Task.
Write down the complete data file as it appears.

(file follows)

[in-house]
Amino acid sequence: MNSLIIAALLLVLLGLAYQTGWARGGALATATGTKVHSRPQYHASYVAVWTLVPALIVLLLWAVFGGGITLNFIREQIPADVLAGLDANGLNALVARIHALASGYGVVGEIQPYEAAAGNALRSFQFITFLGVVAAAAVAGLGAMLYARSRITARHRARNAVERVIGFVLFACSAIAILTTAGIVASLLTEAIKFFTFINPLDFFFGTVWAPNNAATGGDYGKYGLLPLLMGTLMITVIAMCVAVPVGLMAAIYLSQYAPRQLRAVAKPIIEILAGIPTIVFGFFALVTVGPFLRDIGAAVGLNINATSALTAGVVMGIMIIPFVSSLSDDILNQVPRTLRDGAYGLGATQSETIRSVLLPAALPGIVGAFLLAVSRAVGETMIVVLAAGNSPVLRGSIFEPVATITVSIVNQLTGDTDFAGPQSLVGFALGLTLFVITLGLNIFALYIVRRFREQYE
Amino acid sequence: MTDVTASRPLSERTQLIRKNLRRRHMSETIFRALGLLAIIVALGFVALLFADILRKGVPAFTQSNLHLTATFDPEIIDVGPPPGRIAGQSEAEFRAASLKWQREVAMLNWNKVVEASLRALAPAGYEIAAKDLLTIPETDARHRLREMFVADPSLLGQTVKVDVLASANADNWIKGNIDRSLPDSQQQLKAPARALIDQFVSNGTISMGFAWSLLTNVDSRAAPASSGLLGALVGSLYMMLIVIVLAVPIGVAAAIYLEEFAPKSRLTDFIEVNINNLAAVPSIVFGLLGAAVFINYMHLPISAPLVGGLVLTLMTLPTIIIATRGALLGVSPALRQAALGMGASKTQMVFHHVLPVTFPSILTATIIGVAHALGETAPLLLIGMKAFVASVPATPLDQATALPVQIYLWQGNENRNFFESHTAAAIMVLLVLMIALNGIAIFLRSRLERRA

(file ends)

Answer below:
[in-house]
Amino acid sequence: MNSLIIAALLLVLLGLAYQTGWARGGALATATGTKVHSRPQYHASYVAVWTLVPALIVLLLWAVFGGGITLNFIREQIPADVLAGLDANGLNALVARIHALASGYGVVGEIQPYEAAAGNALRSFQFITFLGVVAAAAVAGLGAMLYARSRITARHRARNAVERVIGFVLFACSAIAILTTAGIVASLLTEAIKFFTFINPLDFFFGTVWAPNNAATGGDYGKYGLLPLLMGTLMITVIAMCVAVPVGLMAAIYLSQYAPRQLRAVAKPIIEILAGIPTIVFGFFALVTVGPFLRDIGAAVGLNINATSALTAGVVMGIMIIPFVSSLSDDILNQVPRTLRDGAYGLGATQSETIRSVLLPAALPGIVGAFLLAVSRAVGETMIVVLAAGNSPVLRGSIFEPVATITVSIVNQLTGDTDFAGPQSLVGFALGLTLFVITLGLNIFALYIVRRFREQYE
Amino acid sequence: MTDVTASRPLSERTQLIRKNLRRRHMSETIFRALGLLAIIVALGFVALLFADILRKGVPAFTQSNLHLTATFDPEIIDVGPPPGRIAGQSEAEFRAASLKWQREVAMLNWNKVVEASLRALAPAGYEIAAKDLLTIPETDARHRLREMFVADPSLLGQTVKVDVLASANADNWIKGNIDRSLPDSQQQLKAPARALIDQFVSNGTISMGFAWSLLTNVDSRAAPASSGLLGALVGSLYMMLIVIVLAVPIGVAAAIYLEEFAPKSRLTDFIEVNINNLAAVPSIVFGLLGAAVFINYMHLPISAPLVGGLVLTLMTLPTIIIATRGALLGVSPALRQAALGMGASKTQMVFHHVLPVTFPSILTATIIGVAHALGETAPLLLIGMKAFVASVPATPLDQATALPVQIYLWQGNENRNFFESHTAAAIMVLLVLMIALNGIAIFLRSRLERRA